Ever seen a shooting star -- from above?
Everybody's been so busy on these hot August days monitoring the political atmosphere of Iowa, of all places, and South Carolina and New Hampshire for ascending or descending politicians.
Many of us forgot to look up.
Those little and sometimes not-so-little pieces were shed probably around the time of the first Crusades 1,000 years or more ago and have themselves been flying through the vacuum of space ever since.
Summoned by Earth's giant tractor beam (OK it's gravity), these chunks of primeval ice and rock hit the atmosphere at immense speeds and incinerate themselves in a streaking blaze of light.
Down below, they are called shooting stars.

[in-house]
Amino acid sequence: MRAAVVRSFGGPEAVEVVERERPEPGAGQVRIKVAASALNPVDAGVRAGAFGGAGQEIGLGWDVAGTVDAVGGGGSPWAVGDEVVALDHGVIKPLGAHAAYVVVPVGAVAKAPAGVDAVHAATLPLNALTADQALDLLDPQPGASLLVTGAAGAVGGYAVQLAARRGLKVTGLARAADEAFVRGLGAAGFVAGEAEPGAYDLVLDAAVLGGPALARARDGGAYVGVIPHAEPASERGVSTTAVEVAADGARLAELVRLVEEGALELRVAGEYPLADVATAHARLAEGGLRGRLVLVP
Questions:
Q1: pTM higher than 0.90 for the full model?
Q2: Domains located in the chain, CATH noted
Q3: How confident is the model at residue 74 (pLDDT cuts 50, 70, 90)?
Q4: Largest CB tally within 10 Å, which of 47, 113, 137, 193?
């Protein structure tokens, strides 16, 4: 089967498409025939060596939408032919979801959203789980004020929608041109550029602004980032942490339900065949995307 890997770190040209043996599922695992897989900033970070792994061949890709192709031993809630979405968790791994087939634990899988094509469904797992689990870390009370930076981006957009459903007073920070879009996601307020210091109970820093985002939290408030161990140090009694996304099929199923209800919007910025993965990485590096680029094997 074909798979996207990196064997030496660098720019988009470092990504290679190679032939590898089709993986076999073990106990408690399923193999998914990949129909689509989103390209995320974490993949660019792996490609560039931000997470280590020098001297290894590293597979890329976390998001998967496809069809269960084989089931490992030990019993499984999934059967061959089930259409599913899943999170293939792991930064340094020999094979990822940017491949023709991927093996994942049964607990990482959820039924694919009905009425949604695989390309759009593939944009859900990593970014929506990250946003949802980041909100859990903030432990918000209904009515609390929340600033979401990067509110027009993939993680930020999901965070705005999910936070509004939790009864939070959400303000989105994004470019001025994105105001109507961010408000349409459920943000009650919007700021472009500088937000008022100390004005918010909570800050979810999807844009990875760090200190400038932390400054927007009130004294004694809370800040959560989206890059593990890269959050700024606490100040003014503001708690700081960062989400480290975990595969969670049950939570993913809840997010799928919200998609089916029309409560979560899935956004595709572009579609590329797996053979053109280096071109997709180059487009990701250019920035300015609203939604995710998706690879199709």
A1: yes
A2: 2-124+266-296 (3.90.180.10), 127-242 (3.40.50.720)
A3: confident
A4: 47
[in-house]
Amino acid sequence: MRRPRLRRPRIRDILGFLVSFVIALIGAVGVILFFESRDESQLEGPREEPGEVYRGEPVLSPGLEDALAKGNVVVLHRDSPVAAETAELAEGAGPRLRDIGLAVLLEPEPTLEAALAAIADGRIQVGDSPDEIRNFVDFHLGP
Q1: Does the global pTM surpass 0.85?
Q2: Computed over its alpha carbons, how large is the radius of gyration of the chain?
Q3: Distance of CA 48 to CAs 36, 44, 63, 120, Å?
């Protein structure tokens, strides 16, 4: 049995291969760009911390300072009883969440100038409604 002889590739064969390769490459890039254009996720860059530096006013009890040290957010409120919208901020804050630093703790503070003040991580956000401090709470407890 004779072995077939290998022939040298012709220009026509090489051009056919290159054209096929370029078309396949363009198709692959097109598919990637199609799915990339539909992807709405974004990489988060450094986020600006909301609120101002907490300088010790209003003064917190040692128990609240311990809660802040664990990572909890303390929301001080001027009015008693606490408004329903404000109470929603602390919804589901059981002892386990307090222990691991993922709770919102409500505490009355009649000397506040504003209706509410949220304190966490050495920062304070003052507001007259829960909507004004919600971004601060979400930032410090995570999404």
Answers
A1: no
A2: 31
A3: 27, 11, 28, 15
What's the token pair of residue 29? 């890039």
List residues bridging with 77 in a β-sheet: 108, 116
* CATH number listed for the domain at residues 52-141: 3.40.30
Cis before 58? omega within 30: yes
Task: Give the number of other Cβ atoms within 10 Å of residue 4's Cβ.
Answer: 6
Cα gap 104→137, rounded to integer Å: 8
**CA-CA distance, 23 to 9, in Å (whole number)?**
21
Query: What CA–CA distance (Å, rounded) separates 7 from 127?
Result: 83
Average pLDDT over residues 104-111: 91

Up above, say, 220 miles up above in the International Space Station, they are called, "Oh, that was a little close."
U.S. astronaut Ron Garan was flying over China a few nights ago watching out the window, which astronauts say is a spellbinding experience since at 17,000 miles an hour they witness a sunrise or a sunset every 45 minutes.
Garan has a good eye for pictures. We've published his stuff here before.
That night he caught this unique view of a shooting star from above. He put it out on his Twitter account: @Astro_Ron
Now, we're putting it out on our Twitter page too: @latimestot Thanks, Ron.
-- Andrew Malcolm
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Photo: Ron Garan / NASA